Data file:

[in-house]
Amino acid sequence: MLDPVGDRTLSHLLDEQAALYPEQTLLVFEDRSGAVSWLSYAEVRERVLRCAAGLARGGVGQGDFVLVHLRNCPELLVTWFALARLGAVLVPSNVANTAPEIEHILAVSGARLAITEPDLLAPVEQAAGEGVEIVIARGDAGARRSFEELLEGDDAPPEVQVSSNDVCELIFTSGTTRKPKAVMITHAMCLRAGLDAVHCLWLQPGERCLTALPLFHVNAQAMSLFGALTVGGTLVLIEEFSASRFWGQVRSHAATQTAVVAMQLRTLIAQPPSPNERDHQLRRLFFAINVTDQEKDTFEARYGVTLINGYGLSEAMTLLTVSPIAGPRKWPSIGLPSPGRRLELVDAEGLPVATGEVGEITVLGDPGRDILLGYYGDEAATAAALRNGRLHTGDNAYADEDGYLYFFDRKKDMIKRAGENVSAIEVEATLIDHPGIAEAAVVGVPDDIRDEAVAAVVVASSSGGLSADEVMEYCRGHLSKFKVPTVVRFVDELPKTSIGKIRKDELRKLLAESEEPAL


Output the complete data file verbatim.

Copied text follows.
[in-house]
Amino acid sequence: MLDPVGDRTLSHLLDEQAALYPEQTLLVFEDRSGAVSWLSYAEVRERVLRCAAGLARGGVGQGDFVLVHLRNCPELLVTWFALARLGAVLVPSNVANTAPEIEHILAVSGARLAITEPDLLAPVEQAAGEGVEIVIARGDAGARRSFEELLEGDDAPPEVQVSSNDVCELIFTSGTTRKPKAVMITHAMCLRAGLDAVHCLWLQPGERCLTALPLFHVNAQAMSLFGALTVGGTLVLIEEFSASRFWGQVRSHAATQTAVVAMQLRTLIAQPPSPNERDHQLRRLFFAINVTDQEKDTFEARYGVTLINGYGLSEAMTLLTVSPIAGPRKWPSIGLPSPGRRLELVDAEGLPVATGEVGEITVLGDPGRDILLGYYGDEAATAAALRNGRLHTGDNAYADEDGYLYFFDRKKDMIKRAGENVSAIEVEATLIDHPGIAEAAVVGVPDDIRDEAVAAVVVASSSGGLSADEVMEYCRGHLSKFKVPTVVRFVDELPKTSIGKIRKDELRKLLAESEEPAL